What is the role of a post-grad supervisor?

I participated in a seminar today designed for beginning PhD students to explain the Confirmation of Candidature process. I willingly gave my time because sometimes students don’t know what they don’t know, and they don’t want to ask their supervisors for fear of appearing silly. But another fact emerged – some supervisors didn’t know the process and instead of finding out, the student went to a seminar. Or, the process had changed and the supervisor wasn’t up to speed. There is a line here, a line within the role of a supervisor in an academic setting. What does a post graduate supervisor do? Do they guide the student academically, and leave all of the administration well enough alone? Or should a supervisor have some knowledge of the administration requirements of the candidature? Is it simply a cop out to tell the student to go and find out what’s involved admin-wise? There is a lot of help available for students – as it should be – but how much of that is because we (post graduate supervisors) have become lazy in our supervision? I think we, as supervisors, have a responsibility to be able to explain the entire PhD process to the student. Within that will be elements where we need advice of the nitty gritty, to be sure. But a question like “What’s in a confirmation document?” is something that the supervisor needs to know.

So at this seminar today, two issues emerged for me. One, the PhD student gets a lot of benefit participating in seminars to reinforce what they already know, or to learn what they were too shy/embarrassed to ask their supervisors. And, two, some supervisors would probably get just as much benefit (but are not required to attend).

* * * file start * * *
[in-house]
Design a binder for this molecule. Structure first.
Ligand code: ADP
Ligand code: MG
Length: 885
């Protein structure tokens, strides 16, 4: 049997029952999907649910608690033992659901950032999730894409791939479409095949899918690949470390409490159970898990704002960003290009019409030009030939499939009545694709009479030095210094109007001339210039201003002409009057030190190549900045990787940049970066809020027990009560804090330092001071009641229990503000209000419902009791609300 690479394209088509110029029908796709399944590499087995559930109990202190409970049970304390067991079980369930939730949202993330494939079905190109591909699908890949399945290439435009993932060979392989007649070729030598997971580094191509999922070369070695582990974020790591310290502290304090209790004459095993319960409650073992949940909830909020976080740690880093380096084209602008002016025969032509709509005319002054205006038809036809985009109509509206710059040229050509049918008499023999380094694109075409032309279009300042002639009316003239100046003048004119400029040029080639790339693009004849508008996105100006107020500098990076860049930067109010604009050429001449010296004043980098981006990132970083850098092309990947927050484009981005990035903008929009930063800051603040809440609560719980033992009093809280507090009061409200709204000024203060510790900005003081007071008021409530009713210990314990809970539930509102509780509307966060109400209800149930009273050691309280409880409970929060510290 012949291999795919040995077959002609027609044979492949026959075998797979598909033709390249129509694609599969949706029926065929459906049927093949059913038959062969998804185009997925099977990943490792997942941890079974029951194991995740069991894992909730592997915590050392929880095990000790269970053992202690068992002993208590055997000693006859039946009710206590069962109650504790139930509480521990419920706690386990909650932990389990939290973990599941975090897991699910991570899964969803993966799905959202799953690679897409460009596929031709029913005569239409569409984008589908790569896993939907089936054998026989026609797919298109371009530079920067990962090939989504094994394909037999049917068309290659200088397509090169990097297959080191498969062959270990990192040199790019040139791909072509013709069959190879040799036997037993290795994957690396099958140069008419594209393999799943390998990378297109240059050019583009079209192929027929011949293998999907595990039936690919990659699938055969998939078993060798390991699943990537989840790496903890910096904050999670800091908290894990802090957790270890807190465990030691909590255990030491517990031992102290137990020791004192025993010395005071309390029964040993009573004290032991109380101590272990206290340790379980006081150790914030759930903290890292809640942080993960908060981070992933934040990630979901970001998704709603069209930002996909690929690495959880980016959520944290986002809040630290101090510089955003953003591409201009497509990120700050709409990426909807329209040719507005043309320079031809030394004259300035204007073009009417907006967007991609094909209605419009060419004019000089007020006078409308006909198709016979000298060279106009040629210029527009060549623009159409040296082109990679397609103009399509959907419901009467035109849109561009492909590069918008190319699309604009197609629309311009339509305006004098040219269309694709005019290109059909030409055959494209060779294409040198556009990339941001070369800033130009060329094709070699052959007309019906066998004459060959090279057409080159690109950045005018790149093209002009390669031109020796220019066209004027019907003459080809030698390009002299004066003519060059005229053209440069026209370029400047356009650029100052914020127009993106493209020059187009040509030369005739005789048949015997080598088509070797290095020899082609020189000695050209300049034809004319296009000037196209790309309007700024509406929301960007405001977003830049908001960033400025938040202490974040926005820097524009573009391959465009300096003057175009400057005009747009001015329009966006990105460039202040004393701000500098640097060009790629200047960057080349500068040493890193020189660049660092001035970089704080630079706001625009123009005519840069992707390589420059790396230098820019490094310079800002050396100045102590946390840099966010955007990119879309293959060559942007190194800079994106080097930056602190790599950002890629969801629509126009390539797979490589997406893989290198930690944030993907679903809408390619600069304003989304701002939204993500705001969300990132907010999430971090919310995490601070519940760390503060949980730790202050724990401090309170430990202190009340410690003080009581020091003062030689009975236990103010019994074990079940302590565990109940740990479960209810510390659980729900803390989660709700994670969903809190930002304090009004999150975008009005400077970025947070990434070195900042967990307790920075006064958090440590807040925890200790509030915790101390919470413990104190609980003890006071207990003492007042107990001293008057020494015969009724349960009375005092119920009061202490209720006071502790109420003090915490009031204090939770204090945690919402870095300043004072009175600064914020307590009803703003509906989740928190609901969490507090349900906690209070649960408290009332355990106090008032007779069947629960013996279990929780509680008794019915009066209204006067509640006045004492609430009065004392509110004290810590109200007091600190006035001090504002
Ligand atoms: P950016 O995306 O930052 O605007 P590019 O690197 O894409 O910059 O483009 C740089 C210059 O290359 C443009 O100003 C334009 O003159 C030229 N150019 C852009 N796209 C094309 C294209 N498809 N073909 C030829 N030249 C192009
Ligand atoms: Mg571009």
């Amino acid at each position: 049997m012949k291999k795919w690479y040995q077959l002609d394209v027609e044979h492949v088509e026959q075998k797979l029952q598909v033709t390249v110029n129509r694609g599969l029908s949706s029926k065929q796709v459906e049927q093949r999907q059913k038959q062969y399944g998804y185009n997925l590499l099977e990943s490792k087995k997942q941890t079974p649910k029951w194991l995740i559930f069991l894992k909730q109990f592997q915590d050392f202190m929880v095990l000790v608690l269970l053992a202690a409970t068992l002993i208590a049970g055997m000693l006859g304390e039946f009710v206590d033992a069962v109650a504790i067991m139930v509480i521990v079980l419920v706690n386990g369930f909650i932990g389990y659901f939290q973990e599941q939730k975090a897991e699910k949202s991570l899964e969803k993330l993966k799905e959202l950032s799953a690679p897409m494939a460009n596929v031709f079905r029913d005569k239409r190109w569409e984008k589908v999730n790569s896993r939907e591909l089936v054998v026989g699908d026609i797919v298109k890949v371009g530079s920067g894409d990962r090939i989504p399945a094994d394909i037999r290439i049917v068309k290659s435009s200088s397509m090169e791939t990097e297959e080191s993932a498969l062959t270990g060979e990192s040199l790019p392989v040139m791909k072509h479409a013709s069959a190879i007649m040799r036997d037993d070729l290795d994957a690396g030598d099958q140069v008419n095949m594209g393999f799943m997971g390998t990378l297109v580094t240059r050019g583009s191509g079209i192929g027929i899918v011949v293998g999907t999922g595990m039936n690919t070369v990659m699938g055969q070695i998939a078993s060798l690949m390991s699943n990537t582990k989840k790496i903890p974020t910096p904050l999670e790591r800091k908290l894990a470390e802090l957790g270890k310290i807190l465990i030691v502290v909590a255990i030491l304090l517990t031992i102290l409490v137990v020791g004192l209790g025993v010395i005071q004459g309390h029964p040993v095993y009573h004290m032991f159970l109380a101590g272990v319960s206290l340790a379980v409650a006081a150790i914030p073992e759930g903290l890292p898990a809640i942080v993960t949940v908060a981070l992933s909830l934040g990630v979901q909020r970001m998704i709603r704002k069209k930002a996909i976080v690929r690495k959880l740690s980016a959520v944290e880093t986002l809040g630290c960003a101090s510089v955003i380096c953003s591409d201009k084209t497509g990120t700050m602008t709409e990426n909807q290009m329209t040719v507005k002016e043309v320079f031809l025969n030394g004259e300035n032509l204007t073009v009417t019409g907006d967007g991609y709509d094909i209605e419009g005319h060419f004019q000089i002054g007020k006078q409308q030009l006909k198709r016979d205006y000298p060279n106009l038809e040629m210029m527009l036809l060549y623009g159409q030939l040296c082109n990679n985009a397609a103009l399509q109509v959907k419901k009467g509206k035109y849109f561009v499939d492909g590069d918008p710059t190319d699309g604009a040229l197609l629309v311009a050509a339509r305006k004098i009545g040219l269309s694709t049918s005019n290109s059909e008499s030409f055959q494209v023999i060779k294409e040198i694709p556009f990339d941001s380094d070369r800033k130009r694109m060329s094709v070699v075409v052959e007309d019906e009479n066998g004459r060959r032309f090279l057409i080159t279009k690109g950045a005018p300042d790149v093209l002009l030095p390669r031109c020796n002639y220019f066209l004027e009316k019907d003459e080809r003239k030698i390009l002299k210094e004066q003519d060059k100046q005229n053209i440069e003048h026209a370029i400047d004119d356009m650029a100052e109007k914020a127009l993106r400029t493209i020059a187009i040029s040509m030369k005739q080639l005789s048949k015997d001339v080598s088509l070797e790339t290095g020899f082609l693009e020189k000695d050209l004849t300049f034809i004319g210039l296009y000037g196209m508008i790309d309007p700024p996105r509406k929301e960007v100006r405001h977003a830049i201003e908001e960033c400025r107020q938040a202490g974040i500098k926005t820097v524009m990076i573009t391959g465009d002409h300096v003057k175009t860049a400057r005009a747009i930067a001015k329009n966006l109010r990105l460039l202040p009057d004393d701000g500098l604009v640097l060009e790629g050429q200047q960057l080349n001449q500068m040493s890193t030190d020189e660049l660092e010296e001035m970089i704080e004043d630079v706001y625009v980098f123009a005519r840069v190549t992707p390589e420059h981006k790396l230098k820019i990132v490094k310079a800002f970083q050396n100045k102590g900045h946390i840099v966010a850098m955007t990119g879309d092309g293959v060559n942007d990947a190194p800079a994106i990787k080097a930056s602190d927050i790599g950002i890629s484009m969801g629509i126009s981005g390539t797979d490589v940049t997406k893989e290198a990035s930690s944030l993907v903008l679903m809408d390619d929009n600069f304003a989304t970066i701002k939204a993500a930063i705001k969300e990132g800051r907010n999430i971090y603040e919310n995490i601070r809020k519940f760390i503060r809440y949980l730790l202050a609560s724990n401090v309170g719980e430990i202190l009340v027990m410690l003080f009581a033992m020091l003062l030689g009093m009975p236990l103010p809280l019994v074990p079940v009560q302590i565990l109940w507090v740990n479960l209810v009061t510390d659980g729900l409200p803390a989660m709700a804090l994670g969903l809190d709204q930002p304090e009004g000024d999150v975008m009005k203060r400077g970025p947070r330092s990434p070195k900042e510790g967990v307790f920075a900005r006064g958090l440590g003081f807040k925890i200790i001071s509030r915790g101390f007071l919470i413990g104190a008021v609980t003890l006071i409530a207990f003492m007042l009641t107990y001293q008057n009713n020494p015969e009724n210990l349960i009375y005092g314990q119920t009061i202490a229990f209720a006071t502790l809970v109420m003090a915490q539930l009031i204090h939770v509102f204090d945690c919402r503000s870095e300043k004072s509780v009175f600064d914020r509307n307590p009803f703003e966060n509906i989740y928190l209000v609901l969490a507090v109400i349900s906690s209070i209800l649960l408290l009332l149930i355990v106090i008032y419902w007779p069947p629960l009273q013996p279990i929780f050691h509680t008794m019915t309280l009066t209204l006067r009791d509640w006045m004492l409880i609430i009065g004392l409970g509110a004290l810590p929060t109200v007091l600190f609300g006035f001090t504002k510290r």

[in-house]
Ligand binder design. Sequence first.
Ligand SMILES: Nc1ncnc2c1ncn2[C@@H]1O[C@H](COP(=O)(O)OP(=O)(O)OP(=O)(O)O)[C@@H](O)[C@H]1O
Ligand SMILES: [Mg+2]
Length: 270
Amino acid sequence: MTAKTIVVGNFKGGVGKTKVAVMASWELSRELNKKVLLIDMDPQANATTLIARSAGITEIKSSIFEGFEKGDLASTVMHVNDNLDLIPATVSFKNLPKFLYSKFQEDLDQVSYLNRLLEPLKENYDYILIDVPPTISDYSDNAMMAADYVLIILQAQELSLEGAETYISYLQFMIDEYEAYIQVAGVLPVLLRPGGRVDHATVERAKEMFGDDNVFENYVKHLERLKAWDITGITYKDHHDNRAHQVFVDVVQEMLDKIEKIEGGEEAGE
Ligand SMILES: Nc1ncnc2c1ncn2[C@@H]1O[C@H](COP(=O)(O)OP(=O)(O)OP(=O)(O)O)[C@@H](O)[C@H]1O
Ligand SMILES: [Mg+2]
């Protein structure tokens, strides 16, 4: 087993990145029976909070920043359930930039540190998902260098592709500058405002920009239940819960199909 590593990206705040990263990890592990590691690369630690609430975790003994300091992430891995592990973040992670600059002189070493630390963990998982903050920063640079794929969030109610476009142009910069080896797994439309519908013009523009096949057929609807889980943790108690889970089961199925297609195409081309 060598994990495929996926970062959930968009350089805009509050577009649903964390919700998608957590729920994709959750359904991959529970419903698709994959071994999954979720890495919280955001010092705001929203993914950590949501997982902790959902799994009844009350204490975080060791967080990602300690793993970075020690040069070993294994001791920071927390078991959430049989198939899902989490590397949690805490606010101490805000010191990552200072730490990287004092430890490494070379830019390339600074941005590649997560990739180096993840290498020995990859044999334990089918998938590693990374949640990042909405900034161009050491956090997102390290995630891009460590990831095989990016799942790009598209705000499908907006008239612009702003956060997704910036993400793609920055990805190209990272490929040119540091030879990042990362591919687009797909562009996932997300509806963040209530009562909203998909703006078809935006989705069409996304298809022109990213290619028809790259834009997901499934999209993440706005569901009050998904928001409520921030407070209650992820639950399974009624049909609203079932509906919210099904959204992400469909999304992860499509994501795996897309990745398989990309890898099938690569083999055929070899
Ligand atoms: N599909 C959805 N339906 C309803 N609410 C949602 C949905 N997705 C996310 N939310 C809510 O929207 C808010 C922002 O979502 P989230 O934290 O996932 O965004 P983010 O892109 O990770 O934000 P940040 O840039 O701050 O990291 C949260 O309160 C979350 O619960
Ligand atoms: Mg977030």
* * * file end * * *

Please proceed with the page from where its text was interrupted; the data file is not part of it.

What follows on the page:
Propaganda in war

It seems that Australia has been drawn into the Middle East conflict thanks to some very schmick marketing by the Islamic State group. Young men (always young, and always men) have joined the cause from Australia. The recent video we have seen of the young fellow from Sydney beating his chest and making all sorts of threats against the rest of the world illustrates to me how successful this marketing campaign has been. Islamic State offers young men a place to be tough and violent. They get a gun and they get brotherhood. One can imagine the appeal (although being neither young, nor male, my perspective may be somewhat skewed). The videos that are produced are very professional. They are set to music, and they show young men making a difference against the big bad rest of the world. Of course it’s appealing. And that is the point. It’s like any war propaganda – it’s designed to inspire young men to give their lives and to make the families respect their sacrifice. So when the young men die, and they do, it is because they have given their lives for the greater good.

My interest in this conflict is from the propaganda perspective. Hitler was an evil man, but he was a master orator. He could whip people into frenzies just through his public speaking. Thankfully it does not appear the Islamic State has anyone with Hitler’s charisma (or they wouldn’t need our young Sydney friend) but the rationale holds true. Get people to believe in something and they will die for it. The 21st century of war propaganda includes You Tube and Twitter, and not the stump speeches and pamphlet drops of old. The message, however, is the same. Join us.

To those of us not wearing blinkers, the propaganda is easy to see. But to the naive or disillusioned, a professional social media campaign provides just the credibility they are looking for. An opportunity to escape this world and rebel against the system. The news media then fuels the fire, reporting on the events, creating more ammunition to be used in the next round of propaganda. Such is the immediacy of journalism in 2014.